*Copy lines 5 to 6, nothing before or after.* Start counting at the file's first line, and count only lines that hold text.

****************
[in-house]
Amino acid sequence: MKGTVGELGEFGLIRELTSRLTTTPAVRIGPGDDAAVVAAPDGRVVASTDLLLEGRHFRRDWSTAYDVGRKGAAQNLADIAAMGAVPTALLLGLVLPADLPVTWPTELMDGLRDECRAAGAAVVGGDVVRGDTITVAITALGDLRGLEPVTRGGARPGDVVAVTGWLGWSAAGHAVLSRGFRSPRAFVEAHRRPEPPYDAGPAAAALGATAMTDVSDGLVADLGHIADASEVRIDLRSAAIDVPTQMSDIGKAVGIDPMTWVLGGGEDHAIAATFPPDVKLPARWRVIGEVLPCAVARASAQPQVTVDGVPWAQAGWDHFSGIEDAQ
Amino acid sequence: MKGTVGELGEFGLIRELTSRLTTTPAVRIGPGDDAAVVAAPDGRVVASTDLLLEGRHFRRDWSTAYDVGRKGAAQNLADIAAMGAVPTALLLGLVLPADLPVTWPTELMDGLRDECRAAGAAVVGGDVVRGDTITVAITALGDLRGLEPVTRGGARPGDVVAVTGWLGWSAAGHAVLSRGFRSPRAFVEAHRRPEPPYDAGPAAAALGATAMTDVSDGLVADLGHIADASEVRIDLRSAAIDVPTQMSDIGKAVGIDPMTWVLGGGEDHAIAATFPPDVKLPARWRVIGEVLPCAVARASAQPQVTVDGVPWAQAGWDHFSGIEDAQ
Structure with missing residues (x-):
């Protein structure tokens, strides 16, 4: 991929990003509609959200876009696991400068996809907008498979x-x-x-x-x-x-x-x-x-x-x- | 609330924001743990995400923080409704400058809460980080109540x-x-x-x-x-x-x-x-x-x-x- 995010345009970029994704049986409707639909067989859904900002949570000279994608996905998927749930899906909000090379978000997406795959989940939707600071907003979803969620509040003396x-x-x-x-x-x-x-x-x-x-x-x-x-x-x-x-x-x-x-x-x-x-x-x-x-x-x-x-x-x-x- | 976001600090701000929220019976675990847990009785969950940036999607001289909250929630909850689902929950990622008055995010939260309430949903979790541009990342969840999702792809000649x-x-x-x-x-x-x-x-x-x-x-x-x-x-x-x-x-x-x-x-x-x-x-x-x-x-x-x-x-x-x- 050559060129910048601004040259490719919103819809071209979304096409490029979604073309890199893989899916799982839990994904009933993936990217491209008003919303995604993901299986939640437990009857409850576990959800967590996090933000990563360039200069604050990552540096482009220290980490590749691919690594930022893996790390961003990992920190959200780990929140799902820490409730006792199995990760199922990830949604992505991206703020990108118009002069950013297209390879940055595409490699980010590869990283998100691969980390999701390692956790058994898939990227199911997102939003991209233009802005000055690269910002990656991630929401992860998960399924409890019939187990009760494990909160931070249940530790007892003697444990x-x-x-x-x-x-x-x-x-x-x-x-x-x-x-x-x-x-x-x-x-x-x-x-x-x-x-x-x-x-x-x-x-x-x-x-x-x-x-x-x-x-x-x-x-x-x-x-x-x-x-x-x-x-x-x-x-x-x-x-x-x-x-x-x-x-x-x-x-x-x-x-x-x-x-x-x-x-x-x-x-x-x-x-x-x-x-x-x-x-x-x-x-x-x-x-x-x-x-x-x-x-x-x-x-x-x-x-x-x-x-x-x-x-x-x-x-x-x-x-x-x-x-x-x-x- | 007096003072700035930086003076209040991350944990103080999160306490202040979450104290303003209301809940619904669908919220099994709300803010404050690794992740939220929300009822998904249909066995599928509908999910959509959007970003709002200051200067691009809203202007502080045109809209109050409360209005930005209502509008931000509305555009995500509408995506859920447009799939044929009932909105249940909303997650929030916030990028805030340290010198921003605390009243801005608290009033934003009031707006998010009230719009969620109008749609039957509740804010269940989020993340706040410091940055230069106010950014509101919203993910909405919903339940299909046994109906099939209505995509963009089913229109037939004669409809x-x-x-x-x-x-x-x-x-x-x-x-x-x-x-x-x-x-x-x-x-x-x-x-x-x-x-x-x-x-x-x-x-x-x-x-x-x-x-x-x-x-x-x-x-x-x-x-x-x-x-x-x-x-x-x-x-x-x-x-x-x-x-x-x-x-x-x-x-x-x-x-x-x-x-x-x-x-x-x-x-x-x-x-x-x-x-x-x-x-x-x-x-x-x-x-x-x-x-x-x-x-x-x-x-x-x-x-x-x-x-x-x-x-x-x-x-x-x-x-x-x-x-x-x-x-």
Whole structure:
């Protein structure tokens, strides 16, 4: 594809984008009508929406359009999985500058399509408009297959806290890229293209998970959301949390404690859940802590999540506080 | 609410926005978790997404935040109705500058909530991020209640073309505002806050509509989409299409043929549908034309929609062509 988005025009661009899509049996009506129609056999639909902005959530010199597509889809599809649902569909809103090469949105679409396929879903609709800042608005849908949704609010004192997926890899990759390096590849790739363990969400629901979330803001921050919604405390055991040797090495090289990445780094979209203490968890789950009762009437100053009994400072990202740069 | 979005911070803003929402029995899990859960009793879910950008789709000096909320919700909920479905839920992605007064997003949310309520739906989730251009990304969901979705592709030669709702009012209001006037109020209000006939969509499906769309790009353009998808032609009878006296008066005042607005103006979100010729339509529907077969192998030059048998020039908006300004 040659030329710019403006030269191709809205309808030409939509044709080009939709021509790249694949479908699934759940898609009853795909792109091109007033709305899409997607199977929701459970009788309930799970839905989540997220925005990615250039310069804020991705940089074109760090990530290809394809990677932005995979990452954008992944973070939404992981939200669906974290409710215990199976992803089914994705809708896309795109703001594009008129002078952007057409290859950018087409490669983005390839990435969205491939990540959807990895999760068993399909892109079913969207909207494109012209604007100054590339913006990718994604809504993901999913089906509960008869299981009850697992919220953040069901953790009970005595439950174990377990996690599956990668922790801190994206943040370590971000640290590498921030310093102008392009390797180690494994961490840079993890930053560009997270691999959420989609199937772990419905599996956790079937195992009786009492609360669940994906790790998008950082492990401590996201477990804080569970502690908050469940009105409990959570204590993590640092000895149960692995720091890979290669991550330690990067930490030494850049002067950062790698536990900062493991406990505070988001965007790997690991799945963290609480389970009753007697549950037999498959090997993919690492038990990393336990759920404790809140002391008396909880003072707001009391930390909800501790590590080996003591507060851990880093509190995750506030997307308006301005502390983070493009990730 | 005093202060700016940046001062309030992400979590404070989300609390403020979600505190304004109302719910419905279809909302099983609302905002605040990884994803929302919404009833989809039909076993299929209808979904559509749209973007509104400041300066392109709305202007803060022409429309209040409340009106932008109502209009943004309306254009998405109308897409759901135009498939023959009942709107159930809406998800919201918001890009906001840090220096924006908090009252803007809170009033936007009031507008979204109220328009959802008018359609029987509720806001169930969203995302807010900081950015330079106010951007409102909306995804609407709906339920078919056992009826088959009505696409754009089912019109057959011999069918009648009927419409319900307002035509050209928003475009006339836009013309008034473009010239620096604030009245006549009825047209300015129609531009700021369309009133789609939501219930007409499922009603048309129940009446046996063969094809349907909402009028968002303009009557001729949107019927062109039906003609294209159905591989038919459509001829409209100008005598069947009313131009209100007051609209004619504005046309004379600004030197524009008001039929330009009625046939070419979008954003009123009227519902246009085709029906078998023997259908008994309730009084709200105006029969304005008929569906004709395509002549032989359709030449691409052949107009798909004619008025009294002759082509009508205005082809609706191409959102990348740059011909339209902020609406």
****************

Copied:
């Protein structure tokens, strides 16, 4: 991929990003509609959200876009696991400068996809907008498979x-x-x-x-x-x-x-x-x-x-x- | 609330924001743990995400923080409704400058809460980080109540x-x-x-x-x-x-x-x-x-x-x- 995010345009970029994704049986409707639909067989859904900002949570000279994608996905998927749930899906909000090379978000997406795959989940939707600071907003979803969620509040003396x-x-x-x-x-x-x-x-x-x-x-x-x-x-x-x-x-x-x-x-x-x-x-x-x-x-x-x-x-x-x- | 976001600090701000929220019976675990847990009785969950940036999607001289909250929630909850689902929950990622008055995010939260309430949903979790541009990342969840999702792809000649x-x-x-x-x-x-x-x-x-x-x-x-x-x-x-x-x-x-x-x-x-x-x-x-x-x-x-x-x-x-x- 050559060129910048601004040259490719919103819809071209979304096409490029979604073309890199893989899916799982839990994904009933993936990217491209008003919303995604993901299986939640437990009857409850576990959800967590996090933000990563360039200069604050990552540096482009220290980490590749691919690594930022893996790390961003990992920190959200780990929140799902820490409730006792199995990760199922990830949604992505991206703020990108118009002069950013297209390879940055595409490699980010590869990283998100691969980390999701390692956790058994898939990227199911997102939003991209233009802005000055690269910002990656991630929401992860998960399924409890019939187990009760494990909160931070249940530790007892003697444990x-x-x-x-x-x-x-x-x-x-x-x-x-x-x-x-x-x-x-x-x-x-x-x-x-x-x-x-x-x-x-x-x-x-x-x-x-x-x-x-x-x-x-x-x-x-x-x-x-x-x-x-x-x-x-x-x-x-x-x-x-x-x-x-x-x-x-x-x-x-x-x-x-x-x-x-x-x-x-x-x-x-x-x-x-x-x-x-x-x-x-x-x-x-x-x-x-x-x-x-x-x-x-x-x-x-x-x-x-x-x-x-x-x-x-x-x-x-x-x-x-x-x-x-x-x- | 007096003072700035930086003076209040991350944990103080999160306490202040979450104290303003209301809940619904669908919220099994709300803010404050690794992740939220929300009822998904249909066995599928509908999910959509959007970003709002200051200067691009809203202007502080045109809209109050409360209005930005209502509008931000509305555009995500509408995506859920447009799939044929009932909105249940909303997650929030916030990028805030340290010198921003605390009243801005608290009033934003009031707006998010009230719009969620109008749609039957509740804010269940989020993340706040410091940055230069106010950014509101919203993910909405919903339940299909046994109906099939209505995509963009089913229109037939004669409809x-x-x-x-x-x-x-x-x-x-x-x-x-x-x-x-x-x-x-x-x-x-x-x-x-x-x-x-x-x-x-x-x-x-x-x-x-x-x-x-x-x-x-x-x-x-x-x-x-x-x-x-x-x-x-x-x-x-x-x-x-x-x-x-x-x-x-x-x-x-x-x-x-x-x-x-x-x-x-x-x-x-x-x-x-x-x-x-x-x-x-x-x-x-x-x-x-x-x-x-x-x-x-x-x-x-x-x-x-x-x-x-x-x-x-x-x-x-x-x-x-x-x-x-x-x-």
Whole structure: